Xinjiang's importance to China increased after the 1979 Soviet invasion of Afghanistan, which led to China's perception of being encircled by the Soviets. China supported the Afghan mujahideen during the Soviet invasion and broadcast reports of Soviet atrocities committed on Afghan Muslims to Uyghurs to counter Soviet broadcasts to Xinjiang that Soviet Muslim minorities had a better life. Anti-Soviet Chinese radio broadcasts targeted Central Asian ethnic minorities, such as the Kazakhs. The Soviets feared disloyalty by the non-Russian Kazakh, Uzbek and Kyrgyz in the event of a Chinese invasion of Soviet Central Asia, and Russians were taunted by Central Asians: "Just wait till the Chinese get here, they'll show you what's what!" Chinese authorities viewed Han migrants in Xinjiang as vital to defense against the Soviet Union. China established camps to train the Afghan mujahideen near Kashgar and Hotan, investing hundreds of millions of dollars in small arms, rockets, mines and anti-tank weapons. During the 1980s student demonstrations and riots against police action assumed an ethnic aspect, and the April 1990 Baren Township riot has been acknowledged as a turning point.
1990s to 2007
China's "Strike Hard" campaign against crime, beginning in 1996, saw thousands of arrests, executions, and "constant human rights violations", as well as marked reduction in religious freedom. These policies, and a feeling of political marginalisation, contributed to the fermentation of groups who carried out numerous guerrilla operations, including sabotage and attacks on police barracks, and occasionally even acts of terrorism including bomb attacks and assassinations of government officials.
A February 1992 Urumqi bus bombing, attributed to the Shock Brigade of the Islamic Reformist Party, resulted in three deaths.
A police roundup and execution of 30 suspected separatists during Ramadan resulted in large demonstrations in February 1997, characterized as riots by Chinese media and peaceful by Western media. The demonstrations culminated in the 5 February Ghulja incident, in which a People's Liberation Army (PLA) crackdown led to at least nine deaths and possibly more than 100. The 25 February Ürümqi bus bombings killed nine people and injured 68. Responsibility for the attacks was acknowledged by Uyghur exile groups.
In Beijing's Xidan district, a bus bomb killed two people on 7 March 1997; Uyghur separatists claimed responsibility for the attack. Uyghur participation in the bombing was dismissed by the Chinese government, and the Turkish-based Organisation for East Turkistan Freedom admitted responsibility for the attack. The bus bombings triggered a change in policy, with China acknowledging separatist violence. The situation in Xinjiang quieted until mid-2006, although ethnic tensions remained.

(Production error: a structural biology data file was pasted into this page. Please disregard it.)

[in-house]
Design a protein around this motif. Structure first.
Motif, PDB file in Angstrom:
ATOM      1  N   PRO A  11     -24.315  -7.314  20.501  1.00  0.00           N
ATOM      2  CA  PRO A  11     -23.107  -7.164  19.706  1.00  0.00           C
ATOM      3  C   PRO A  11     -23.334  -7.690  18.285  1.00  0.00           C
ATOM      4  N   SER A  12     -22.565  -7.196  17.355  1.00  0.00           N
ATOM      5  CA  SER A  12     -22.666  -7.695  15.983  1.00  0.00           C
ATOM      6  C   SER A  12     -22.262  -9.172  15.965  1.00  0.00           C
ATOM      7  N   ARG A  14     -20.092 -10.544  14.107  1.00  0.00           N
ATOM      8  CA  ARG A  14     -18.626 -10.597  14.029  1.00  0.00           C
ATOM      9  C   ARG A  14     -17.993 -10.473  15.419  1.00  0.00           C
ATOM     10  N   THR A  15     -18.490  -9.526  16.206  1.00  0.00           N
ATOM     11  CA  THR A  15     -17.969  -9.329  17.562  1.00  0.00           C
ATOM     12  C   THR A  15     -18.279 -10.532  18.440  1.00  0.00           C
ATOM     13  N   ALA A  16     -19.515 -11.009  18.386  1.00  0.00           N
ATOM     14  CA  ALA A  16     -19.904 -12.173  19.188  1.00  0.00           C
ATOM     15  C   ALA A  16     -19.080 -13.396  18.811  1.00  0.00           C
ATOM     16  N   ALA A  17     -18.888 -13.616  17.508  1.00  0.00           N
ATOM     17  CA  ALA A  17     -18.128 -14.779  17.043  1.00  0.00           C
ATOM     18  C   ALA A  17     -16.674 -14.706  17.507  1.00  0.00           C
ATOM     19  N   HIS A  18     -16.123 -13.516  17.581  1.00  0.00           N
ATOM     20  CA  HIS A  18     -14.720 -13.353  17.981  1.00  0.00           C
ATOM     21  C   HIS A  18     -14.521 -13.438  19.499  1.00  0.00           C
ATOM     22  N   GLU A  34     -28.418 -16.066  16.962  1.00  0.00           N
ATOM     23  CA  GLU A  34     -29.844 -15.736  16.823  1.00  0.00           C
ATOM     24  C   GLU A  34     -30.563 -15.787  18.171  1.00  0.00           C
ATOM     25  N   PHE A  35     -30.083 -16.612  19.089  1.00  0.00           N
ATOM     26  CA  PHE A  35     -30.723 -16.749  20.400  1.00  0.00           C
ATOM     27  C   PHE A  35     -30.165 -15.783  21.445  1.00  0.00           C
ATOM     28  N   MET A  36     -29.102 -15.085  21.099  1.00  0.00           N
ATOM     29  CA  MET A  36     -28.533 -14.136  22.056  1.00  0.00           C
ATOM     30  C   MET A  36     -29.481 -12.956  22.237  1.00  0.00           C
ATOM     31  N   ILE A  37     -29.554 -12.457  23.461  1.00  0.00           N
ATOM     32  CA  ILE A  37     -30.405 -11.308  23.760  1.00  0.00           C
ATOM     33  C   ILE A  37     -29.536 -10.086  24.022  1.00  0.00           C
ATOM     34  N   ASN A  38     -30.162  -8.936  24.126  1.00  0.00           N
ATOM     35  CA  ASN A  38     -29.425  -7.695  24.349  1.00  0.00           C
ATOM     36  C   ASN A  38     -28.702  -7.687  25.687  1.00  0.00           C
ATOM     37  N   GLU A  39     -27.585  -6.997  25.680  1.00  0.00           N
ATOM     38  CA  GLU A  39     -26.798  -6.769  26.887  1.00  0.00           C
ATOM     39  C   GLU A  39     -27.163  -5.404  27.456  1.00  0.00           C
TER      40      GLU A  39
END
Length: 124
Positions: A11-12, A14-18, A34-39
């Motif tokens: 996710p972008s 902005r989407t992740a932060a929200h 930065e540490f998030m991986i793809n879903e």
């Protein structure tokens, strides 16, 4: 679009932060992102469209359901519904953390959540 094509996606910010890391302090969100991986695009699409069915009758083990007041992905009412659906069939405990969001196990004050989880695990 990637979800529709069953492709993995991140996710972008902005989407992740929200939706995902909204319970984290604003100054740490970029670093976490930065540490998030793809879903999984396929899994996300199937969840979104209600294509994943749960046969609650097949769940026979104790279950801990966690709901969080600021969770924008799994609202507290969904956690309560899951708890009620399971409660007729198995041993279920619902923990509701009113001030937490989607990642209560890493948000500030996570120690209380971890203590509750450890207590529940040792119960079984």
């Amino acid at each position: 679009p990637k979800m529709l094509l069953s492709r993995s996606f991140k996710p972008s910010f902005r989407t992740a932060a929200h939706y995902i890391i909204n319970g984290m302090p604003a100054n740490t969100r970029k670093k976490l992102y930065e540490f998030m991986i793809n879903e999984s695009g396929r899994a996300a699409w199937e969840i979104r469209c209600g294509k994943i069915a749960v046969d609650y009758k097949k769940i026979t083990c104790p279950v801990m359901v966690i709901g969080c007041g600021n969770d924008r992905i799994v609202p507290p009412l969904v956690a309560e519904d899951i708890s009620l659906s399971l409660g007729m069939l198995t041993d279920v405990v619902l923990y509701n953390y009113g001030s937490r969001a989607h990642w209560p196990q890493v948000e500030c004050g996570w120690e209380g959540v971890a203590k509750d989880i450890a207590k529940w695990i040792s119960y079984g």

On 28 February 2012, an attack in Yecheng killed 24 and injured 18. On 24 April 2013, clashes in Bachu occurred between a group of armed men and social workers and police near Kashgar. The violence left at least 21 people dead, including 15 police and officials. According to a local government official, the clashes broke out after three other officials reported that suspicious men armed with knives were hiding in a house outside Kashgar. Two months later, on 26 June, 27 people were killed in riots in Shanshan; seventeen were killed by rioters, and the other ten were alleged assailants who were shot dead by police in the township of Lukqun.
Plane passengers on board a flight bashed two Uyghur hijackers to death on 29 June 2012.
In 2014, eleven members of an organization said to be an anti-China Uyghur group were killed by Kyrgyz security. They were identified as Uyghurs by their appearance, and their personal effects indicated that they were separatists.
On 1 March a group of knife-wielding terrorists attacked the Kunming Railway Station, killing 31 and injuring 141. China blamed Xinjiang militants for the attack, and over 380 people were arrested in the following crackdown. A captured attacker and three others were charged on 30 June. Three of the suspects were accused of "leading and organising a terror group and intentional homicide". They did not participate in the attack, since they had been arrested two days earlier. On 12 September, a Chinese court sentenced three people to death and one to life in prison for the attack. The attack was praised by ETIM.
According to the Xinhua News Agency, on 28 July 37 civilians were killed by a gang armed with knives and axes in the towns of Elixku and Huangdi in Shache County and 59 attackers were killed by security forces. Two hundred fifteen attackers were arrested after they stormed a police station and government offices. The agency also reported that 30 police cars were damaged or destroyed and dozens of Uyghur and Han Chinese civilians were killed or injured. The Uyghur American Association claimed that local Uyghurs had been protesting at the time of the attack. Two days later, the moderate imam of China's largest mosque was assassinated in Kashgar after morning prayers.